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Retailers start expansion as COVID-19 second wave ebbs; focus on high-street locations, smaller towns

Rentals at premium real estate locations are falling as businesses shut down, helping retailers to close attractive deals. High-street locations are gaining preference over malls as retailers open new outlets.

July 27, 2021 / 03:14 PM IST
Representative image

Representative image

Retailers across segments in India are on an expansion spree as the second wave of the COVID-19 pandemic subsides.

While some retailers are implementing plans that had to be stalled due to curbs, others are scouting for new locations to make the most of a drop in rentals due to the supply glut.

“Large retailers such as Shoppers Stop and Tanishq had already rolled out plans to open multiple stores across the country in FY22. The second wave during April and May halted their plans temporarily but now that its impact has receded, they are dusting off their previous expansion plans,” said Pankaj Renjhen, COO and Joint MD of Anarock Retail.

Reliance Retail, which houses retail chains including Reliance Fresh, SMART, Reliance Digital, Trends, Reliance Jewels, Project Eve and Hamleys, planned to open about 1,000 stores in the first quarter. However, the second wave of the pandemic disrupted those plans and it launched only 123 stores.

“About 700 stores are fitout-ready and would be opened in the second quarter,” Dinesh Thapar, Group CFO of Reliance Retail, said at a post-earnings briefing last week.


Jubilant FoodWorks, which runs Domino’s Pizza and Dunkin’ Donuts outlets in the country, plans to open 150-175 outlets this year. The company opened only 20 outlets in the first quarter and is now scouting for locations. Company CEO Pratik Pota said on an earnings call last week that the supply glut due to the closing down of several businesses is helping them close attractive deals.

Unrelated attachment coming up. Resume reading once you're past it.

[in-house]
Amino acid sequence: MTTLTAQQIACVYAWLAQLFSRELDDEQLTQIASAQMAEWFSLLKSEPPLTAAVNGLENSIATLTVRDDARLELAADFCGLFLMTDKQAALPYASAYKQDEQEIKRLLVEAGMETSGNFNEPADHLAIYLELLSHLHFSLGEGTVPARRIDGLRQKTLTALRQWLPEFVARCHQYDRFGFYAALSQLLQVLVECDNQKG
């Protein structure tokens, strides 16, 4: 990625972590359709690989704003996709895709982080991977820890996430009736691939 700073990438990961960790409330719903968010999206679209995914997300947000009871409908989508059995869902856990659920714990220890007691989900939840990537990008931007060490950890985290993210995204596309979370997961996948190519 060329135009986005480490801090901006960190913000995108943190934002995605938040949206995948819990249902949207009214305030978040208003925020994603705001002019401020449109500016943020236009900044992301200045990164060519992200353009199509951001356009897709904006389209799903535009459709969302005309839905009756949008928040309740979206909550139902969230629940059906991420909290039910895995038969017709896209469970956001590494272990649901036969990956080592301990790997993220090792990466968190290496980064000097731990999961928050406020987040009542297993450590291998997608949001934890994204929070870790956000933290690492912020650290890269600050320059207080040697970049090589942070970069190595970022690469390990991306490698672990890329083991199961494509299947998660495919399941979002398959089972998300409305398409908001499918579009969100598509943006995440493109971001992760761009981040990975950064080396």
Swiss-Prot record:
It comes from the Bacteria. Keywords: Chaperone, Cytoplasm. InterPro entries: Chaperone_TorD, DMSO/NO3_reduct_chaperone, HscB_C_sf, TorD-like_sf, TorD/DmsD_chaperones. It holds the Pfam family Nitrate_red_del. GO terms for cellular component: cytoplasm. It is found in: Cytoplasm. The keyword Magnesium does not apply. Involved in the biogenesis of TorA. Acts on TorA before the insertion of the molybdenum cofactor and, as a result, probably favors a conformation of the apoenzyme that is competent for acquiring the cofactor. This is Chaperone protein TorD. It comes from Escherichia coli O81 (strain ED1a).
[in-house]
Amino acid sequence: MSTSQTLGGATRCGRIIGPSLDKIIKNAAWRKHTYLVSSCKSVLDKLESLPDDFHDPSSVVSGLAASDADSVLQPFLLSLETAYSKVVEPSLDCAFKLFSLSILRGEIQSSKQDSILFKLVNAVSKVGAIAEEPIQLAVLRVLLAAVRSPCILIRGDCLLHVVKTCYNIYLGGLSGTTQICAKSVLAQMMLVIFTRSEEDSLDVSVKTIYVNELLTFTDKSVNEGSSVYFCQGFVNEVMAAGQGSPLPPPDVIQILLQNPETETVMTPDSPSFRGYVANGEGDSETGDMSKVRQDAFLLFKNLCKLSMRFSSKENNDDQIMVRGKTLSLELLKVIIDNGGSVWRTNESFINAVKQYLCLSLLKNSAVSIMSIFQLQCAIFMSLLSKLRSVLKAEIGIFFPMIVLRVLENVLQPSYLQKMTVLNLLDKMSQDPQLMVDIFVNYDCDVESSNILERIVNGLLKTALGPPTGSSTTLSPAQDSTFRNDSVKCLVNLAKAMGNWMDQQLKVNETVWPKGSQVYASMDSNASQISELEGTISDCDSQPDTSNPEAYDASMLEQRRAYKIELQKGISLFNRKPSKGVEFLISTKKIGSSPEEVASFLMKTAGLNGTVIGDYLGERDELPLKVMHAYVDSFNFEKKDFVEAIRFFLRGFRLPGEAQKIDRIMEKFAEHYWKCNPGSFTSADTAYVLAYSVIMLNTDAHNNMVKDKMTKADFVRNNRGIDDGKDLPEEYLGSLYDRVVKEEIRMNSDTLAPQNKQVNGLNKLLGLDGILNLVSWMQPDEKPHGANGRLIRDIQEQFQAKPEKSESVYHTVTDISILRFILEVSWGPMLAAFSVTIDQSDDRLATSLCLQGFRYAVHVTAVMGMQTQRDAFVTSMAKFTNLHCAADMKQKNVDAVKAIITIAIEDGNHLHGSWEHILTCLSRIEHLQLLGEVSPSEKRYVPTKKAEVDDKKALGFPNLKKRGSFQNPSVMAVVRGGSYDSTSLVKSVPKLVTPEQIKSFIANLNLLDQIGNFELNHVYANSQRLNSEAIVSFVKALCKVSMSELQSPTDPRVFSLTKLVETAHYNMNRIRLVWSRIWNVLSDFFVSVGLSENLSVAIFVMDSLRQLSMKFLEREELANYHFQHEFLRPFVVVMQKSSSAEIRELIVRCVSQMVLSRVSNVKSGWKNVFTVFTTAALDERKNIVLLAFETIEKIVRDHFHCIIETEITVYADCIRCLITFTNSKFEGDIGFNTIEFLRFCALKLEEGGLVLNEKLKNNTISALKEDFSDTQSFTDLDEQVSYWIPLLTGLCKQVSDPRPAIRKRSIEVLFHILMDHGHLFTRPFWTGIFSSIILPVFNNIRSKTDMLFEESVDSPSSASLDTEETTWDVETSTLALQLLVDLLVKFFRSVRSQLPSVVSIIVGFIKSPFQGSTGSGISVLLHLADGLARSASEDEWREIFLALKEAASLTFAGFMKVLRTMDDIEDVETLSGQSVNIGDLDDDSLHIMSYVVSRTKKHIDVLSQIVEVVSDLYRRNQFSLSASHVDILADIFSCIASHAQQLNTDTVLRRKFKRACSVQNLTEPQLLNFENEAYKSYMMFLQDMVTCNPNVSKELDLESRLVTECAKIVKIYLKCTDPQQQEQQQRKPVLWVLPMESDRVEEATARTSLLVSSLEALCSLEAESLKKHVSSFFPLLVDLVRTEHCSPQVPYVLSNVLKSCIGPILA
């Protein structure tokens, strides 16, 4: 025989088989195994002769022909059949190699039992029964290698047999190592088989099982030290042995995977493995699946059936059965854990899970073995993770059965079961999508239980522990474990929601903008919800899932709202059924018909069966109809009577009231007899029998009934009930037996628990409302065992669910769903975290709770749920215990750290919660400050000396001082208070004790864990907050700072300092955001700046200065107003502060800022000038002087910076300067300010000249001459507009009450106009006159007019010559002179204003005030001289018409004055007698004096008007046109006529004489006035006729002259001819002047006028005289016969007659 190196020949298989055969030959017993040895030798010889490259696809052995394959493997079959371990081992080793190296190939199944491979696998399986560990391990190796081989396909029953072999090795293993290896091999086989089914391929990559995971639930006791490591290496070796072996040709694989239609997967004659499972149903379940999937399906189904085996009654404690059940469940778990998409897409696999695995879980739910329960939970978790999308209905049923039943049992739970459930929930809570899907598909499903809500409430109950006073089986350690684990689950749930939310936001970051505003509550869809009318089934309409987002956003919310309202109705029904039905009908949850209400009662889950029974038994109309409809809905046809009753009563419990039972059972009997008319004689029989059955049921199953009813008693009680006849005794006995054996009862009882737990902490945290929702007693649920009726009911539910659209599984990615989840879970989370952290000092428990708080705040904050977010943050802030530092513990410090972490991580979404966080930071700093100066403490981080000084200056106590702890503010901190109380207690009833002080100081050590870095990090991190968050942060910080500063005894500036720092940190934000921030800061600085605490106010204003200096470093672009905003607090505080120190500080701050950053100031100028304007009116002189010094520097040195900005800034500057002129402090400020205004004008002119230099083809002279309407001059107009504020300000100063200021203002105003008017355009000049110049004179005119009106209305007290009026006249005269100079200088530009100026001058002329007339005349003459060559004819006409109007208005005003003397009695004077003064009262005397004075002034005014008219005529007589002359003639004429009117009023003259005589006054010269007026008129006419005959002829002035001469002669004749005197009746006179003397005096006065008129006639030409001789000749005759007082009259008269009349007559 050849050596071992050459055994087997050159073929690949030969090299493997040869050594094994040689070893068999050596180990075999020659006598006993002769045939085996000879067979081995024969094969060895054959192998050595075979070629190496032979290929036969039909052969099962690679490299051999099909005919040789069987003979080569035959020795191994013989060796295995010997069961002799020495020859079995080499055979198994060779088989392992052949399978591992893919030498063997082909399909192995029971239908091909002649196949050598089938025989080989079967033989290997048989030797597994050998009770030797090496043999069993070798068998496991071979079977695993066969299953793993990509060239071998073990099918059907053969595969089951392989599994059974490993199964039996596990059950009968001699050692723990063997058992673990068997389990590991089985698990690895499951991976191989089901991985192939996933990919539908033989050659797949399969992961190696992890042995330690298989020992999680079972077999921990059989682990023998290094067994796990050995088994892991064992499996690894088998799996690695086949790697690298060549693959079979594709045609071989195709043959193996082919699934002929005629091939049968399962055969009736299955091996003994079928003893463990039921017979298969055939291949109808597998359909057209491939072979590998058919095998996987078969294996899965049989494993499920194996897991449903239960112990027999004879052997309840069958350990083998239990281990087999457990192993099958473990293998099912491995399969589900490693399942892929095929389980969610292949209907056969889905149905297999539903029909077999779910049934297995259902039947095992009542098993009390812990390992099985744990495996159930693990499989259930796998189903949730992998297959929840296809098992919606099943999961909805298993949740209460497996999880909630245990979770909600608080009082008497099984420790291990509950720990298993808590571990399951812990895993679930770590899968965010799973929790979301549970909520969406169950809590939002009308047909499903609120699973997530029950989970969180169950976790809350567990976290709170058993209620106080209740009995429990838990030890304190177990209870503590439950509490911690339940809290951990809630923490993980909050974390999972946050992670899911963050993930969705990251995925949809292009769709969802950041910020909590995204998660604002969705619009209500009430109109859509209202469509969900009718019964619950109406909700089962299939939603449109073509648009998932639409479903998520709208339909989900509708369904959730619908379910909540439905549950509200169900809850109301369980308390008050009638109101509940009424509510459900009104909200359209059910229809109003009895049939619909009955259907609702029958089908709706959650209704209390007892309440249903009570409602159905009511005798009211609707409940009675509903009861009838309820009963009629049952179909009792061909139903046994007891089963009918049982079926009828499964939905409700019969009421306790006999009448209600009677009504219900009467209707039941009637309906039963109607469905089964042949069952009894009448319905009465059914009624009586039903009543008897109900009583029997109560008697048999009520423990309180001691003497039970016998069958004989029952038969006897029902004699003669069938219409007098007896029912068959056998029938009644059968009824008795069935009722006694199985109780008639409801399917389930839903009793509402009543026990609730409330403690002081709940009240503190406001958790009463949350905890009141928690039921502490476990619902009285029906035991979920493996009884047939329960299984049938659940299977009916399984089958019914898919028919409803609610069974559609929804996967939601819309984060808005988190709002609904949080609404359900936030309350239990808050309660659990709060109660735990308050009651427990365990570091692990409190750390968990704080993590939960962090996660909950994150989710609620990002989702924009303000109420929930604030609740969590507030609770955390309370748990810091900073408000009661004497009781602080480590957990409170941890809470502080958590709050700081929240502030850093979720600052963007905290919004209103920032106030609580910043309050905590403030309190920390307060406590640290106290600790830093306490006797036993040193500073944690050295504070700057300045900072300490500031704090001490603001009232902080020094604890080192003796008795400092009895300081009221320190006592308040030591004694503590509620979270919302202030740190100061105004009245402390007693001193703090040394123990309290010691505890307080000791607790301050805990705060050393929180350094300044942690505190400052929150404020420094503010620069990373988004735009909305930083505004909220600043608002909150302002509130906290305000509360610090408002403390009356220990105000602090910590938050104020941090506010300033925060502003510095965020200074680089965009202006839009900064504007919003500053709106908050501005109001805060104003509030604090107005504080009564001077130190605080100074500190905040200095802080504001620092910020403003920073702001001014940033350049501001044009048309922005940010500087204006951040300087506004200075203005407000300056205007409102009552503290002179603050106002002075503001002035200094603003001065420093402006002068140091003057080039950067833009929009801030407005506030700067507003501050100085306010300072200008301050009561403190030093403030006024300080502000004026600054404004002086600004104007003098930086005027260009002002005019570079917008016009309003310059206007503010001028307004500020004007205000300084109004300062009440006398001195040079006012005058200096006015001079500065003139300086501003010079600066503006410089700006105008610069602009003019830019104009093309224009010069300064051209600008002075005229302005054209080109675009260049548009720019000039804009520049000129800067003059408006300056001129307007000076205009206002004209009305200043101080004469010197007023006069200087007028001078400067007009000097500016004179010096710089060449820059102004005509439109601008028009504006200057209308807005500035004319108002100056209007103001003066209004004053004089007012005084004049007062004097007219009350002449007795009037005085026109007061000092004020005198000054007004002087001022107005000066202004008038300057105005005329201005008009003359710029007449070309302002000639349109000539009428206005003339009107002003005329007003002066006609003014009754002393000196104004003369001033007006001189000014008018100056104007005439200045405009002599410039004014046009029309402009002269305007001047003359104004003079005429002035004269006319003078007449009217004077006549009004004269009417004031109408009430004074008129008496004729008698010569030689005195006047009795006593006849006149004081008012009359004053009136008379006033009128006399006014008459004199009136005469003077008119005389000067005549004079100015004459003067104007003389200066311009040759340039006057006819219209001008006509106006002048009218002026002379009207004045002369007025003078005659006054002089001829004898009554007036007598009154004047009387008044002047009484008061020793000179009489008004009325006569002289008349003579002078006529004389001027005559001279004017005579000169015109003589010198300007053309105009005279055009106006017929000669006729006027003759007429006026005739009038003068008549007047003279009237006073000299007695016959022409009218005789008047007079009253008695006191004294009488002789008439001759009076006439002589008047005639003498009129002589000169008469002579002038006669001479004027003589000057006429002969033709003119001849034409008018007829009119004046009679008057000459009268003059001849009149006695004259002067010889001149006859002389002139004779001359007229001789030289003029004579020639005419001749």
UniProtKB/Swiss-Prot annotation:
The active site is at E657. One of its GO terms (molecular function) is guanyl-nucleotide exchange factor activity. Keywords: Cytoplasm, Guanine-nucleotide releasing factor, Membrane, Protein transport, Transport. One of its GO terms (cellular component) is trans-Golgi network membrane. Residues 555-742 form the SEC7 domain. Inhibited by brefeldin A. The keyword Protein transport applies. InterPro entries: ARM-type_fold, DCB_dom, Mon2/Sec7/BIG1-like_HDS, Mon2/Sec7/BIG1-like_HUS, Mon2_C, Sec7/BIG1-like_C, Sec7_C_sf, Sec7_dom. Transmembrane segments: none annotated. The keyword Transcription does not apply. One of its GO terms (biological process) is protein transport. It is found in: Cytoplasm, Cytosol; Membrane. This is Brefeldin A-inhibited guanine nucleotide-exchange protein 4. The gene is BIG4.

Malls and metros lose sheen

According to experts, retailers are increasingly preferring to set up stores in high-street locations because the COVID-19 pandemic had significantly affected the operations of shopping malls.

“The preference is for high streets now because retailers are facing lot more restrictions in malls. High streets are easy to manage and control, while in most cases malls are the first ones to be closed down and last ones to be opened,” said Shubhranshu Pani, managing director for retail services at Jones Lang LaSalle India.

In line with this trend, major retailers closed 119 deals at prominent high-street markets in India from April 2020 to May 2021, according to property consultant Anarock.

Outlets such as Starbucks, Pizza Hut and KFC, apparel retailers, and even large-format stores Westside and Max, which are typically anchor stores in malls, are eyeing high-street locations, Anarock said in a report.

In addition, retailers are showing a growing preference towards opening stores in smaller towns over metros.

“Brands are also eyeing tier II and III cities, where consumer demand has grown significantly in the last few years, particularly during the pandemic,” said Renjhen of Anarock Retail.

Attractive rentals

A drop in rentals and availability of retail space are driving store openings by major retailers. Huge losses incurred over the past year have led to the closure of smaller stores and businesses, freeing up space in high-street locations and shopping malls.

“Well-funded companies and large players who have deep pockets are expanding stores rapidly. Also, value fashion retailers and hypermarkets are actively scouting for spaces,” said Pani of JLL India.

According to industry estimates, rentals at high-street locations such as Linking Road in Mumbai and Connaught Place in New Delhi have dropped by 10-20 percent. Retailers pay Rs 700 per square foot per month as rent on Linking Road compared with Rs 900-1,000 in pre-pandemic times. In Connaught Place, rents are now Rs 800-900 per sq. ft. as opposed to Rs 1,000-1,100 previously.

Many retailers have been able to negotiate good deals with property owners.

“New retail rental deals are now being crafted keeping in view the pandemic-infused lockdowns, so the revenue-share model has become more prevalent,” said Renjhen.
Devika Singh
first published: Jul 27, 2021 03:14 pm

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